Humidity plays a vital role in the tribological performance of DLC coatings. The DLC coating possesses significantly enhanced wear resistance and superior low friction in dry conditions due to the formation of a stable graphitic layer transferred onto the sliding counterpart (a SiN ball in this study). The DLC coating slides against its own transfer layer, which acts as an efficient lubricant to facilitate the relative motion and restrain further mass loss caused by shear deformation. A film is not observed on the SiN ball with increasing relative humidity, leading to an increased wear rate on the SiN ball and the DLC coating. The Nanovea Tribometer offers repeatable wear and friction testing using ISO and ASTM compliant rotative and linear modes, with optional humidity modules available in one pre- integrated system. It allows users to simulate the work environment at different humidity, providing users an ideal tool to quantitatively assess the tribological behaviors of materials under different work conditions.

Learn More about the Nanovea Tribometer and Lab Service
1 C. Donnet, Surf. Coat. Technol. 100–101 (1998) 180.
2 K. Miyoshi, B. Pohlchuck, K.W. Street, J.S. Zabinski, J.H. Sanders, A.A. Voevodin, R.L.C. Wu, Wear 225–229 (1999) 65.
3 R. Gilmore, R. Hauert, Surf. Coat. Technol. 133–134 (2000) 437.
4 R. Memming, H.J. Tolle, P.E. Wierenga, Thin Solid Coatings 143 (1986) 31

Learn more about all the features our Nanovea Tribometer offers.

3D Surface Analysis of a Penny with Non-contact Profilometry

Importance of Non-contact Profilometry for Coins

Currency is highly valued in modern society because it is traded for goods and services. Coin and paper bill currency circulates around the hands of many people. Constant transfer of physical currency creates surface deformation. Nanovea’s 3D Profilometer scans the topography of coins minted in different years to investigate surface differences. Coin features are easily recognizable to the general public since they are common objects. A penny is ideal for introducing the strength of Nanovea’s Advanced Surface Analysis Software: Mountains 3D. Surface data collected with our 3D Profilometer allows for high level analyses on complex geometry with surface subtraction and 2D contour extraction. Surface subtraction with a controlled mask, stamp, or mold compares the quality of manufacturing processes while contour extraction identifies tolerances with dimensional analysis. Nanovea’s 3D Profilometer and Mountains 3D software investigates the submicron topography of seemingly simple objects, like pennies.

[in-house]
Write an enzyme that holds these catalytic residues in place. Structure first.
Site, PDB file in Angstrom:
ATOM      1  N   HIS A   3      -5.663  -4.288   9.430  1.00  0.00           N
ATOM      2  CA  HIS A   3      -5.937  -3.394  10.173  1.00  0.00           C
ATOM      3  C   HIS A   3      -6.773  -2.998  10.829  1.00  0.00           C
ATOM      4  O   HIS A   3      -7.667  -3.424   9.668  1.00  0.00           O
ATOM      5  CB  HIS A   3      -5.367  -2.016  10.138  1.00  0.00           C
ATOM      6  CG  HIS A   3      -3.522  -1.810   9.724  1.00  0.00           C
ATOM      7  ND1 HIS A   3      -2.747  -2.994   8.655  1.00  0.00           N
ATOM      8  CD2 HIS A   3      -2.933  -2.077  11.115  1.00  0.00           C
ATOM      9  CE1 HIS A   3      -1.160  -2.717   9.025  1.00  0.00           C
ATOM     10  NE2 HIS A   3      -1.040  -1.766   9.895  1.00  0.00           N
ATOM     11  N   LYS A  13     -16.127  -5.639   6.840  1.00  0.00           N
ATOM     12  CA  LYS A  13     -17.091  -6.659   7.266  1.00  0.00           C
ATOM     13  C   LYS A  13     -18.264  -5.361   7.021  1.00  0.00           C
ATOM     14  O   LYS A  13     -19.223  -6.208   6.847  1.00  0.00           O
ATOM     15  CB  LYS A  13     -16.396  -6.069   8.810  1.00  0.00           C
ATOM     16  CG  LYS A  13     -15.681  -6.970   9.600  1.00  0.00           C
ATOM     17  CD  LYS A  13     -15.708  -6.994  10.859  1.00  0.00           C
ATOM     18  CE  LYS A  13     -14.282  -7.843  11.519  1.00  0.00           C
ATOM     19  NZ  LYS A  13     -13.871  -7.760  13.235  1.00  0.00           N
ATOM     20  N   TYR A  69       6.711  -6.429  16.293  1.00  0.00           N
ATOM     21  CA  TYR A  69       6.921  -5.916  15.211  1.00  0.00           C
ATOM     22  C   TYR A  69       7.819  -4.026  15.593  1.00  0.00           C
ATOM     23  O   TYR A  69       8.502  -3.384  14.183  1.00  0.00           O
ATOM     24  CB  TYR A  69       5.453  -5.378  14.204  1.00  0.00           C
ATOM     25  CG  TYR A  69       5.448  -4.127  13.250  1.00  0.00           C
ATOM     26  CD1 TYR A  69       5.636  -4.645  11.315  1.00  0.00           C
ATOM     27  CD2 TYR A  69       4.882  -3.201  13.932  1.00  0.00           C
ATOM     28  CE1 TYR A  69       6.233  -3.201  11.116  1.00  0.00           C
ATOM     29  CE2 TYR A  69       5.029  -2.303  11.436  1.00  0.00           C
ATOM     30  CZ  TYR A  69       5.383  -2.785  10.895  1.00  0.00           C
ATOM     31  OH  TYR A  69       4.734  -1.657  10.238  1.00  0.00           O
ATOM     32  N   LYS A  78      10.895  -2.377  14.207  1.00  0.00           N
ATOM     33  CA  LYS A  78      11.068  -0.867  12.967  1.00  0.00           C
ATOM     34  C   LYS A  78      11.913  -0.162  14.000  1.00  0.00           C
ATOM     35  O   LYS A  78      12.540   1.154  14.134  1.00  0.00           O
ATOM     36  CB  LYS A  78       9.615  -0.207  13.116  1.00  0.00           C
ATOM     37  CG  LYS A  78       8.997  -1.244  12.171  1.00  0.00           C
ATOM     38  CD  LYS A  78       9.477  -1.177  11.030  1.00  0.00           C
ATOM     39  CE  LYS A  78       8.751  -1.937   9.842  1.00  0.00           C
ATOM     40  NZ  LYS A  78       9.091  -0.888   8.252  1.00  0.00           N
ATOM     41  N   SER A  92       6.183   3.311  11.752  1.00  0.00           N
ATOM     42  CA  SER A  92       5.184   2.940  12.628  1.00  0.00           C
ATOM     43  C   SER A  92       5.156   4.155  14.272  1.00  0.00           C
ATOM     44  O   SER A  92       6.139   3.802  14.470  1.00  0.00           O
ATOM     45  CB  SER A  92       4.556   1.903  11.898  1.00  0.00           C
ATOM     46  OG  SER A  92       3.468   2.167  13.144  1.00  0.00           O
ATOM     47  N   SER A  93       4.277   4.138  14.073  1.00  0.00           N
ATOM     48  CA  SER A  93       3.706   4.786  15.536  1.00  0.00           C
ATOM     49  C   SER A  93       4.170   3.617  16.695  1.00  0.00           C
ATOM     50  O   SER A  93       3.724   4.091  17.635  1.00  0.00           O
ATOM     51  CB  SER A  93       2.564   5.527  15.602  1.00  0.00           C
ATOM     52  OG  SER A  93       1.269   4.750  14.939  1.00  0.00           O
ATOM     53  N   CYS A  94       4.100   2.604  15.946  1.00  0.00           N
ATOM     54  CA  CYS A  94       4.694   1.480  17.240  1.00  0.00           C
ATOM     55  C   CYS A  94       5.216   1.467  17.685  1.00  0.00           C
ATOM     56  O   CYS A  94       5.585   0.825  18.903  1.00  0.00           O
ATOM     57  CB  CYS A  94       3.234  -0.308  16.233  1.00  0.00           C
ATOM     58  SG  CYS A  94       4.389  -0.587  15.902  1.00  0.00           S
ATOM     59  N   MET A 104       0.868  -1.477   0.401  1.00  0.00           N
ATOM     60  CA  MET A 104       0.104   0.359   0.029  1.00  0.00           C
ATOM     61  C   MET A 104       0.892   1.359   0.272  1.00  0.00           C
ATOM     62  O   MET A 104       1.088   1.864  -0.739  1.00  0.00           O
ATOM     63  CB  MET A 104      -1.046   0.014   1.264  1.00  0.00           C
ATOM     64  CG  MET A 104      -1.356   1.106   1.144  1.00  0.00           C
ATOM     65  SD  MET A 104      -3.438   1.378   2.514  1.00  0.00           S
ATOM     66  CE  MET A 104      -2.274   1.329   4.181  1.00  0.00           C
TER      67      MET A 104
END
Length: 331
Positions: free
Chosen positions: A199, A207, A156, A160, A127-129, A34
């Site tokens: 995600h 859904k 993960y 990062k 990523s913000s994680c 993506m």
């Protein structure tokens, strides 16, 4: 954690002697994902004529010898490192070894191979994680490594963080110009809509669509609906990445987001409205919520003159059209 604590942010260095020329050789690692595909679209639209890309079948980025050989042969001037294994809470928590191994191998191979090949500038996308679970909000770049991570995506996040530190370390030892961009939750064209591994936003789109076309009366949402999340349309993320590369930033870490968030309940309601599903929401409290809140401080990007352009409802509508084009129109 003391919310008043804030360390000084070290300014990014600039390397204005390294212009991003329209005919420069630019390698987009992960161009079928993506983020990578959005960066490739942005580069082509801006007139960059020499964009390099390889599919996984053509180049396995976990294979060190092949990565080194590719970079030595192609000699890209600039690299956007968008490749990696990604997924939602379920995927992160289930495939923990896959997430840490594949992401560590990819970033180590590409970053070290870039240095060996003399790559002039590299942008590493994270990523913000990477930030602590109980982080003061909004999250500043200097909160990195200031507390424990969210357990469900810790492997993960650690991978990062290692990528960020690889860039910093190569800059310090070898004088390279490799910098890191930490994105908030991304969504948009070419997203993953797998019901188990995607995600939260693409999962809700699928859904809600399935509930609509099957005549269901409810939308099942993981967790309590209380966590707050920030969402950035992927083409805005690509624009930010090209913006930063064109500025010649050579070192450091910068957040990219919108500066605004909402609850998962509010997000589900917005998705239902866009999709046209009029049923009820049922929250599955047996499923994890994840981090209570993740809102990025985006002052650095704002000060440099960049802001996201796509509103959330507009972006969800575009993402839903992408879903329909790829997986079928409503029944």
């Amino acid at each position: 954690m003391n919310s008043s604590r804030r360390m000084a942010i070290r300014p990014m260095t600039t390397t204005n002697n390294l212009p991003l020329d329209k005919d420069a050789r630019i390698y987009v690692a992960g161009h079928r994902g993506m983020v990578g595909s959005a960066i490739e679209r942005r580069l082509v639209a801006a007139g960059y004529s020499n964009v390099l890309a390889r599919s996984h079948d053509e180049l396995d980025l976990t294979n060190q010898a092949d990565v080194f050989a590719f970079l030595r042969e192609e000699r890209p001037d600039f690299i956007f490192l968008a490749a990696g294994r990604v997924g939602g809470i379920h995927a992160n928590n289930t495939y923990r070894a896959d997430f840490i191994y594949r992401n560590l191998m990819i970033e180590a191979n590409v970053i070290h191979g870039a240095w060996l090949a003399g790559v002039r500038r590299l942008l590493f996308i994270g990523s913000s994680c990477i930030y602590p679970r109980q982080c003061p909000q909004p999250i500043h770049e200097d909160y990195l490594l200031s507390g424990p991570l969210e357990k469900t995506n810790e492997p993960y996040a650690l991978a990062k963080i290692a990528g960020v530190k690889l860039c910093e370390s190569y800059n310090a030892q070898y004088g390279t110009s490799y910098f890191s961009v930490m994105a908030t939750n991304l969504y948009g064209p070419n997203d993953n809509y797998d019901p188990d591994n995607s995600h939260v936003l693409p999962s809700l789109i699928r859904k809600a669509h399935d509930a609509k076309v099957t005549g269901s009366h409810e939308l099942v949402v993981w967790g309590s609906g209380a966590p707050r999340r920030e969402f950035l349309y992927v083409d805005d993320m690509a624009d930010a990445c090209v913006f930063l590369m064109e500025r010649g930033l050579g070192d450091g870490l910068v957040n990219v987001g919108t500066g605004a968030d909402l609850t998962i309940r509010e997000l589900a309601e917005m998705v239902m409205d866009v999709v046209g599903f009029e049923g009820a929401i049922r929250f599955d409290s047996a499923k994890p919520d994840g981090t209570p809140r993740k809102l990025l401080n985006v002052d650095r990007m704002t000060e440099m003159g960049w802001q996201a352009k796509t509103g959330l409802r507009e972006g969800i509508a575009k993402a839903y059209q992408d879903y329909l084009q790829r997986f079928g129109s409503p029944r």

Measurement Objective

The full upper surface of five pennies were scanned using Nanovea’s High-Speed Line Sensor. The inner and outer radius of each penny was measured using Mountains Advanced Analysis Software. An extraction from each penny surface at an area of interest with direct surface subtraction quantified surface deformation.
 


Results and Discussion

3D Surface
The Nanovea HS2000 profilometer took only 24 seconds to scan 4 million points in a 20mm x 20mm area with a 10um x 10um step size to acquire the surface of a penny. Below is a height map and 3D visualization of the scan. The 3D view shows the High-Speed sensor’s ability to pick up small details unperceivable to the eye. Many small scratches are visible across the surface of the penny. Texture and roughness of the coin seen in the 3D view are investigated.
 







Dimensional Analysis
The contours of the penny were extracted and dimensional analysis obtained inner and outer diameters of the edge feature. The outer radius averaged 9.500 mm ± 0.024 while the inner radius averaged 8.960 mm ± 0.032. Additional dimensional analyses Mountains 3D can do on 2D and 3D data sources are distance measurements, step height, planarity, and angle calculations.






Surface Subtraction